Chrissey’s Writing Tips #5

Posted by Chrissey Harrison - 9th April 2012

AS REAL AS CAN BE – Character Profiling and Development

A girl hides her face behind her hands

Uncovering the hidden face of your characters can be a challenge. Click for image credit.

If asked what makes a good story, a lot of people would answer, good characters. We like to read about people we can empathise with or despise. A good character is one that balances detail and depth with realism and believability. The biggest pitfall to avoid is creating characters that are stereotypes or caricatures.

If you’re lucky, your characters will present themselves to you fully developed, but you may have to work at exploring the depths of their personality and fleshing them out. Either way, the chances are, you’ll want to keep track of all those ideas you have in some kind of character profile.

You might start with the vital statistics of appearance, height, weight, hair and eye colour etc, but what else do you include?

Here are my top five tips on character profiling and development:

1. Relationships

People are strongly defined by their relationships, be it family relationships, friendships or romance. Relationships have a formative effect on how someone’s personality develops, so ask yourself things like; what was my character’s relationship with his mother like? Did he have any siblings? How many girlfriends has he had and did those relationships end badly?

The more you understand about your character’s past relationships, the more you will understand how they will react to people and form new relationships in your story.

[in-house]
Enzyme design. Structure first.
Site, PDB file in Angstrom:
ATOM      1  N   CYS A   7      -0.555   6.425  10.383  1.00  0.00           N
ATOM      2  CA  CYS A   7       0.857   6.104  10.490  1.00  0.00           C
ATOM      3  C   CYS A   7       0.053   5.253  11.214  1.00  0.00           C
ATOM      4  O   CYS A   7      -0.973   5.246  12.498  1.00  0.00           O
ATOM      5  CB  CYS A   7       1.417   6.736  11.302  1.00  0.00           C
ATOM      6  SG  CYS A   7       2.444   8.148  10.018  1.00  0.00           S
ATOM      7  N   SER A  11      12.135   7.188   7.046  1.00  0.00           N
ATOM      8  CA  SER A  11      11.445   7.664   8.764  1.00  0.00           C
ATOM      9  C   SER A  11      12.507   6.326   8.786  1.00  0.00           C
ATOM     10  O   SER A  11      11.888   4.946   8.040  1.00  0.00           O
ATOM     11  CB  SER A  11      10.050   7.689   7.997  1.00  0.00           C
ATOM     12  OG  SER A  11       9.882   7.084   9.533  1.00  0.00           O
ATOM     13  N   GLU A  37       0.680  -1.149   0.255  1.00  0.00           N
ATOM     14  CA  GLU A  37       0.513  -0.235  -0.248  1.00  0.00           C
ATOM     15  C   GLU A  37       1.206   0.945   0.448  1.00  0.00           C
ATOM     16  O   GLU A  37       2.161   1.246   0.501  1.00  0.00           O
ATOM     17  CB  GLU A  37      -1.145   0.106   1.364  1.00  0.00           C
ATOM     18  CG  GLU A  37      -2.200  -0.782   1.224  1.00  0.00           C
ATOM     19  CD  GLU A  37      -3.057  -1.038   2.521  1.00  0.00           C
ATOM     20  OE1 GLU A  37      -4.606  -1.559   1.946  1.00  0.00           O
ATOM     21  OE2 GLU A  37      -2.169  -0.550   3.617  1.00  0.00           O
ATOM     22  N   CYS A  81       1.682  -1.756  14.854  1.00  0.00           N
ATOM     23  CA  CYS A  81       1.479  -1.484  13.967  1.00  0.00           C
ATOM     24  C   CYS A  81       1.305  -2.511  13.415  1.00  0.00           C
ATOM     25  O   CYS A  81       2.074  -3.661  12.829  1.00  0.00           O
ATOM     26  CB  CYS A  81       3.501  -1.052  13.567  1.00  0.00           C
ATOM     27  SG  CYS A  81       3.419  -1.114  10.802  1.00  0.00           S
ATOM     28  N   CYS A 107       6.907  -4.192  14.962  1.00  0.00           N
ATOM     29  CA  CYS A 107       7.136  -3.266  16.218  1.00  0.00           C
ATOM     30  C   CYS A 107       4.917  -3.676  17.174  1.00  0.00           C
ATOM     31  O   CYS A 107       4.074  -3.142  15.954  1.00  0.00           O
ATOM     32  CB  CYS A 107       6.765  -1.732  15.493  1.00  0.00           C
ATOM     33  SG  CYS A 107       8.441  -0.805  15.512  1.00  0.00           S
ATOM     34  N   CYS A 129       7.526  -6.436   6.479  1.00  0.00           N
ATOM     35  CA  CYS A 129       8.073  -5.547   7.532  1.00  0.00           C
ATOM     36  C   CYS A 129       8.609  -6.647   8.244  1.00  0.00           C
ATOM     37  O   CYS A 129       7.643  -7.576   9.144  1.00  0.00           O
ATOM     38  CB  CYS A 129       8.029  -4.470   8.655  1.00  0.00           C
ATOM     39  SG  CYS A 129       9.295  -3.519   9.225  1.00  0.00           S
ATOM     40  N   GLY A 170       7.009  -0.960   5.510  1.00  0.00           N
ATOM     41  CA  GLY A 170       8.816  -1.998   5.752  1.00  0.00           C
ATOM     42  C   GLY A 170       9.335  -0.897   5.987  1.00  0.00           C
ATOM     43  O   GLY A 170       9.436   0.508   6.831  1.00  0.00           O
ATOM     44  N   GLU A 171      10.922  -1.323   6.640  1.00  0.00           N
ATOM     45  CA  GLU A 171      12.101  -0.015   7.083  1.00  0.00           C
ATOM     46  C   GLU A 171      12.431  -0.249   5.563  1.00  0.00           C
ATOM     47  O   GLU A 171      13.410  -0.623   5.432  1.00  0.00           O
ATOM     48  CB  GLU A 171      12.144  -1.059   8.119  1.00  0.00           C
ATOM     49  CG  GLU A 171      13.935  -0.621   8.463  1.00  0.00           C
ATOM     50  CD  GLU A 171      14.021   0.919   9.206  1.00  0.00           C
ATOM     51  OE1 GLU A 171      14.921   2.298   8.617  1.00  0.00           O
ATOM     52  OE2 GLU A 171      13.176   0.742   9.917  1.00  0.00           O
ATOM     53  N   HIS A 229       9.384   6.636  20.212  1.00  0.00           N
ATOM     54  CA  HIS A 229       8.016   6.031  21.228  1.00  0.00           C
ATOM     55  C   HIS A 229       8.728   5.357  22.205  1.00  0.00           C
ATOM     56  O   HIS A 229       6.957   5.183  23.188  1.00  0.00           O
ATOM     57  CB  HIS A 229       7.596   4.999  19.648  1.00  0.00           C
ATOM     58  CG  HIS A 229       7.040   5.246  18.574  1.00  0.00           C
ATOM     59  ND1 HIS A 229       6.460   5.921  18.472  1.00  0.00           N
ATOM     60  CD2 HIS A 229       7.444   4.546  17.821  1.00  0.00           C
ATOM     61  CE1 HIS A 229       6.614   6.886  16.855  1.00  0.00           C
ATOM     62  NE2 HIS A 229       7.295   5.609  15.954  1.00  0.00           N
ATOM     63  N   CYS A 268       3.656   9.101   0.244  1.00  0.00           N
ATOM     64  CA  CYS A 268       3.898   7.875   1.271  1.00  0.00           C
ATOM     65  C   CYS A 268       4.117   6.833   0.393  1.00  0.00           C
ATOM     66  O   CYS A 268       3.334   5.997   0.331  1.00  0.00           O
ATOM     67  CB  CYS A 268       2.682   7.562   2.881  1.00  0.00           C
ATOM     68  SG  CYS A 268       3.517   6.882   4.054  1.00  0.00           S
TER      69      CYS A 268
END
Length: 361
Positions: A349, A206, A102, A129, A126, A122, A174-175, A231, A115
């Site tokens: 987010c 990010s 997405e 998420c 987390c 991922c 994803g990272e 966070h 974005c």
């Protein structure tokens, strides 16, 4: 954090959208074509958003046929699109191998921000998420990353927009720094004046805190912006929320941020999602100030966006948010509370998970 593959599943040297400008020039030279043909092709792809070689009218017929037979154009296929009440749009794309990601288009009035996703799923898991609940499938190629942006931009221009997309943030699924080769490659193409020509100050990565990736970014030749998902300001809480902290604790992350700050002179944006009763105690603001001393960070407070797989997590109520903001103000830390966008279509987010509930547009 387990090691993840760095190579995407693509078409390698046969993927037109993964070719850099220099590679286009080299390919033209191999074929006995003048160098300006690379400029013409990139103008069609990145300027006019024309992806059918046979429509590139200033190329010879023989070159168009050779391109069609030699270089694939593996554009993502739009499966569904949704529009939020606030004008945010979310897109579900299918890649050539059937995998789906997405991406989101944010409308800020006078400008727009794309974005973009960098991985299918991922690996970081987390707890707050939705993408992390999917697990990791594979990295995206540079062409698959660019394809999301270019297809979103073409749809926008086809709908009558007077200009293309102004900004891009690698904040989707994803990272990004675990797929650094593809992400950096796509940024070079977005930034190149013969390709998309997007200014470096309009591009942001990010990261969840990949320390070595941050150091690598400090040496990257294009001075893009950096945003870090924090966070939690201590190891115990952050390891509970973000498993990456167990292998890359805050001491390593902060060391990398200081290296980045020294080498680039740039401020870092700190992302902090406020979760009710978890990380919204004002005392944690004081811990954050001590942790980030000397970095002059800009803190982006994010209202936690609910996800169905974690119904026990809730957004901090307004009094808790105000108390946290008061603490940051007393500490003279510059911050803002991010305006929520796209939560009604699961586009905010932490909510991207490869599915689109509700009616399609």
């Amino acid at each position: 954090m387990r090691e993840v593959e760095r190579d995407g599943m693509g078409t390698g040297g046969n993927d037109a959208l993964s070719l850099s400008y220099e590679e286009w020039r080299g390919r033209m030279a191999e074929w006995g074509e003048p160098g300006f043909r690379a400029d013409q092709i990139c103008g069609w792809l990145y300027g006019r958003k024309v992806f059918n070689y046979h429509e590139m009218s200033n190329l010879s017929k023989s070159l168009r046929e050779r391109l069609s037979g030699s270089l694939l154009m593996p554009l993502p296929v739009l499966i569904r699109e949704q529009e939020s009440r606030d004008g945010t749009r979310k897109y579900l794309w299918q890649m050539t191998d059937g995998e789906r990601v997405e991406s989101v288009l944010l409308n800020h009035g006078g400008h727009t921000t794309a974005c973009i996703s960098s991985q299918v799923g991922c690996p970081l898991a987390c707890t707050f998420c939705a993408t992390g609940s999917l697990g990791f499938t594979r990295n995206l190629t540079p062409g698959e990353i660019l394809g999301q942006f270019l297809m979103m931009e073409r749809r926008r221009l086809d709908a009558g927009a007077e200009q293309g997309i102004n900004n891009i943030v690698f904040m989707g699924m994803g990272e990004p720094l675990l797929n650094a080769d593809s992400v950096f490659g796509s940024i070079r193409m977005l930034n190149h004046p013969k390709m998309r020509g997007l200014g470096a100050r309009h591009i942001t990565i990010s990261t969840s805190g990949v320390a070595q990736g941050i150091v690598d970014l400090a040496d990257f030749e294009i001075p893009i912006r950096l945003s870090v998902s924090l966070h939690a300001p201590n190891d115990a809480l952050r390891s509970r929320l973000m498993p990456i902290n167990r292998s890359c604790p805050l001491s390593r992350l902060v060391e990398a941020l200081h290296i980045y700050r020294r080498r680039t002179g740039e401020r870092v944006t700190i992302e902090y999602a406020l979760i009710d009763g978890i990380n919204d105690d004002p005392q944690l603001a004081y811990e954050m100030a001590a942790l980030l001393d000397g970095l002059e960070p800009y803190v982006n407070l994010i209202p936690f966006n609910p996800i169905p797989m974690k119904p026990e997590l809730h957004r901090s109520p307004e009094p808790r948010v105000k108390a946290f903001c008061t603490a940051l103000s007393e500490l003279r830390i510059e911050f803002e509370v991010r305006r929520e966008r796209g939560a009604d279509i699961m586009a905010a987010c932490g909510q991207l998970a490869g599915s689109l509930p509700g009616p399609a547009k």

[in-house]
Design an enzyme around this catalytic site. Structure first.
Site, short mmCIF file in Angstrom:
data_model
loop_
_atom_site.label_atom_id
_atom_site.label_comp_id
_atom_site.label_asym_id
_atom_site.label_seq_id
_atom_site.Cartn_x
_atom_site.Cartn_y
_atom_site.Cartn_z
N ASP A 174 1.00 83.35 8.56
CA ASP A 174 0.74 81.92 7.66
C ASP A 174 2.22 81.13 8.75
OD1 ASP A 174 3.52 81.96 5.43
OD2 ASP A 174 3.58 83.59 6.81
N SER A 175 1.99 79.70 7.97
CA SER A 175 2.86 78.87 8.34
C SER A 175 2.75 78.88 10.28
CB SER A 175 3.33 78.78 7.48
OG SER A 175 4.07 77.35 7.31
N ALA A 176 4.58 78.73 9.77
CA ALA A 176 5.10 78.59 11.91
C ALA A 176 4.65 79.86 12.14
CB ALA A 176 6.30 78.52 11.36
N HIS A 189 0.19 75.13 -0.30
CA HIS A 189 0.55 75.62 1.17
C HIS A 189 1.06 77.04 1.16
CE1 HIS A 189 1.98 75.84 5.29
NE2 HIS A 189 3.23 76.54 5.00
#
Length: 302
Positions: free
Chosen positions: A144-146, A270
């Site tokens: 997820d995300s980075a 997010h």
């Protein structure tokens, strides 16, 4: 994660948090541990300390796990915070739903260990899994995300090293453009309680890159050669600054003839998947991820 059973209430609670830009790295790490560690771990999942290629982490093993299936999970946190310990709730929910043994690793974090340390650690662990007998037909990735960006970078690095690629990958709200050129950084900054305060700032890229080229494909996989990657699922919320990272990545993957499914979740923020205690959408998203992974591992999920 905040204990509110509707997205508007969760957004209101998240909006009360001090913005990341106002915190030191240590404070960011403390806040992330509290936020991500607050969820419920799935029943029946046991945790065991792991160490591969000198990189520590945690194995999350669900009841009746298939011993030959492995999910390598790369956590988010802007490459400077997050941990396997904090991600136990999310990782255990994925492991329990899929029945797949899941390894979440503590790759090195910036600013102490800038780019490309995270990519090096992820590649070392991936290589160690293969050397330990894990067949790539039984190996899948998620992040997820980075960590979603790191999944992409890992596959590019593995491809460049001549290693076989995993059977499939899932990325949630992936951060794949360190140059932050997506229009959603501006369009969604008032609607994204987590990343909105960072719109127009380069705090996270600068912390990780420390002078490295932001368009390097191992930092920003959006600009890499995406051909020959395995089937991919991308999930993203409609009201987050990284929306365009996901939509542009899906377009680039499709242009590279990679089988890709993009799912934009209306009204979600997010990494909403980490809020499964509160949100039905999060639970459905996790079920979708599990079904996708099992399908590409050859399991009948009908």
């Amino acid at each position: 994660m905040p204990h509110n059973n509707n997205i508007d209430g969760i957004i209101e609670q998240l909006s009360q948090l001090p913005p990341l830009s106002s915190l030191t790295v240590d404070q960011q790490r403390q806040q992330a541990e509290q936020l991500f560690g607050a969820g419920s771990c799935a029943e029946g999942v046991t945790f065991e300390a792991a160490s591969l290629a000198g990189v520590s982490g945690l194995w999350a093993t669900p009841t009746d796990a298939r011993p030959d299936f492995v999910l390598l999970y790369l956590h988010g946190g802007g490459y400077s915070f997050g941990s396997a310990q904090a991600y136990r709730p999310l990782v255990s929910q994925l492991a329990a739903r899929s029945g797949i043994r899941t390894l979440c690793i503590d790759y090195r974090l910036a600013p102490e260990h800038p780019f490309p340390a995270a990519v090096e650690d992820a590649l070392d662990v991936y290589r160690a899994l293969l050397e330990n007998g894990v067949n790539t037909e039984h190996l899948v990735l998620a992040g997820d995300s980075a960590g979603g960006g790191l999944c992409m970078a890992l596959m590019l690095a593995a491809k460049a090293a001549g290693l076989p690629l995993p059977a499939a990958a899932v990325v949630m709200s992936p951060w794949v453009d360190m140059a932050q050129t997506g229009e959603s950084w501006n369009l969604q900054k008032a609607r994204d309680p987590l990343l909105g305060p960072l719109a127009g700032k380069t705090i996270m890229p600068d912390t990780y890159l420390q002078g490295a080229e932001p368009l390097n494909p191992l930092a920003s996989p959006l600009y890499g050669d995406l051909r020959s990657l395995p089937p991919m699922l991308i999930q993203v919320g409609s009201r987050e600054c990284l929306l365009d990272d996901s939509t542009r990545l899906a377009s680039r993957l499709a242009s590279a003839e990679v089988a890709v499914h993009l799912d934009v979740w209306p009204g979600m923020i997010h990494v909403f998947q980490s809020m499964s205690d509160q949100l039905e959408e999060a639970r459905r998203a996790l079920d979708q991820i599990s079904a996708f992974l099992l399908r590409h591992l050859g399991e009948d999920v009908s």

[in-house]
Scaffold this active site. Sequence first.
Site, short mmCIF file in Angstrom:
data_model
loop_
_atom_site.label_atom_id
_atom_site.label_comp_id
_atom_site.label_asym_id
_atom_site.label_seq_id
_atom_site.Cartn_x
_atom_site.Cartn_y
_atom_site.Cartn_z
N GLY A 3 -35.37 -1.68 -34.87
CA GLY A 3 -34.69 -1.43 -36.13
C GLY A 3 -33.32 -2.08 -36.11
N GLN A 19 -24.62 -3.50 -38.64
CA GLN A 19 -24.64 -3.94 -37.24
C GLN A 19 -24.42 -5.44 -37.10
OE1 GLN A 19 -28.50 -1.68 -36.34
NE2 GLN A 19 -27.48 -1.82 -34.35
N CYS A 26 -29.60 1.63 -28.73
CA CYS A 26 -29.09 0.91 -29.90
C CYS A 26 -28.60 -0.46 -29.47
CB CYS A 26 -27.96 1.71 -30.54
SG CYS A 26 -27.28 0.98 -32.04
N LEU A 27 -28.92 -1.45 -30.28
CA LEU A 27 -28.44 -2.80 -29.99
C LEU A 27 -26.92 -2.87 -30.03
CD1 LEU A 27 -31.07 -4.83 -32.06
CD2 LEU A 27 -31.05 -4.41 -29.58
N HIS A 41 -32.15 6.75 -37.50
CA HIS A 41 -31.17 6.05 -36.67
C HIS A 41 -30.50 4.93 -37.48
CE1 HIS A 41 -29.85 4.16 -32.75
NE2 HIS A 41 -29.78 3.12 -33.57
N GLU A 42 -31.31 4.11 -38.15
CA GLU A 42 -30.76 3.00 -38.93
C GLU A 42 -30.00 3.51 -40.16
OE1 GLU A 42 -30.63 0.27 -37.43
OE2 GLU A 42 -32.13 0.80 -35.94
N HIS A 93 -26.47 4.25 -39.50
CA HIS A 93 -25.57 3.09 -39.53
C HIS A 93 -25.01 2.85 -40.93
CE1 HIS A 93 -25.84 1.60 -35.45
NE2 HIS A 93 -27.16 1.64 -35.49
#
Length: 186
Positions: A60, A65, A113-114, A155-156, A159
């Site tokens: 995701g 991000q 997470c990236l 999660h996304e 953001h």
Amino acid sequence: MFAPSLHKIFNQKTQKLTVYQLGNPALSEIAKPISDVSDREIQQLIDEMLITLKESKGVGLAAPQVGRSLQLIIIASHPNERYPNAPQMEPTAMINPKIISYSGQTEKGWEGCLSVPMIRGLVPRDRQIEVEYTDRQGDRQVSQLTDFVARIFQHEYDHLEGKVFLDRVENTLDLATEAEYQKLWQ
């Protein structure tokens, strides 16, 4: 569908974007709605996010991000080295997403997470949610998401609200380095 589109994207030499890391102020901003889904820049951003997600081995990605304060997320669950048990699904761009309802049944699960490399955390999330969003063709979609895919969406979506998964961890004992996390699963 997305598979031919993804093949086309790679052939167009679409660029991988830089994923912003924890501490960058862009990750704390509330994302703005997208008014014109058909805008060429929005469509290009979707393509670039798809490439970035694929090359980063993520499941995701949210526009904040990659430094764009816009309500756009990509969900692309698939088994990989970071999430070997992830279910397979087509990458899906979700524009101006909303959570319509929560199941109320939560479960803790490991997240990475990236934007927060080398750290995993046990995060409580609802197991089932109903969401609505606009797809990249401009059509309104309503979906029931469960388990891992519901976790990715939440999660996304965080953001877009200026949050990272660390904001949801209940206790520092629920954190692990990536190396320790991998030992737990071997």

2. Habits

Physical and verbal habits can be a really useful way of giving your character an identity on the page. Particular gestures or turns of phrase can create a visual impression for the reader which stays with the character and encourages a sense of familiarity, and it can convey certain personality traits and emotions.

A character with a habit of ending their sentences with tag questions would come across uncertain or alternatively aggressive depending on the context.

Of course you want to avoid over using this, or having a character entirely defined by their habits.

3. Flaws

Nobody is perfect and your characters shouldn’t be either. Make sure you know what their flaws are, be it a propensity towards jealousy, or not trusting in their own abilities. These flaws are going to play a big part in your story as they hamper your character in their pursuit of their goals.

Think also about which flaws you want to address in the course of the story and which will remain static traits.

4. Personality

While it is often hard to put into words, it is worth attempting to write a description of your character’s personality. What are their defining character traits? How do they react to difficult situations? Are they selfish or generous, reckless or sensible, emotional or calculating?

There are some personality type tools/questionnaires on the web which can provide an interesting exercise. Try answering as your character and see what you can learn. Here’s one you can try – Free personality test by iPersonic.

5. First Draft and Editing

Often you may find you need to get to know your character. This is part of the process of drafting your story. You will know your character better by the time you have finished writing than when you started, so make sure to take advantage of this when you go back over the story to edit.

Another tool to use to get to know your character is to write short stories or flash fiction pieces about them. Write about the day they started their job, or the tenth birthday party where they developed their fear of clowns. It all gets you thinking and feeling like your characters and the more you do, the more they will flow onto the page as real and engaging people.


There is no limit to how much detail you put into your character profiles, or how much time and effort you spend developing their background and voice with practice pieces. But, don’t make the mistake of thinking all that detail needs to make it into the final story. Doing this extra work is not a way to provide more material for your story, it is a process through which you come to know your characters so well that you can create real, believable, multifaceted people for your readers to meet

The Great Escape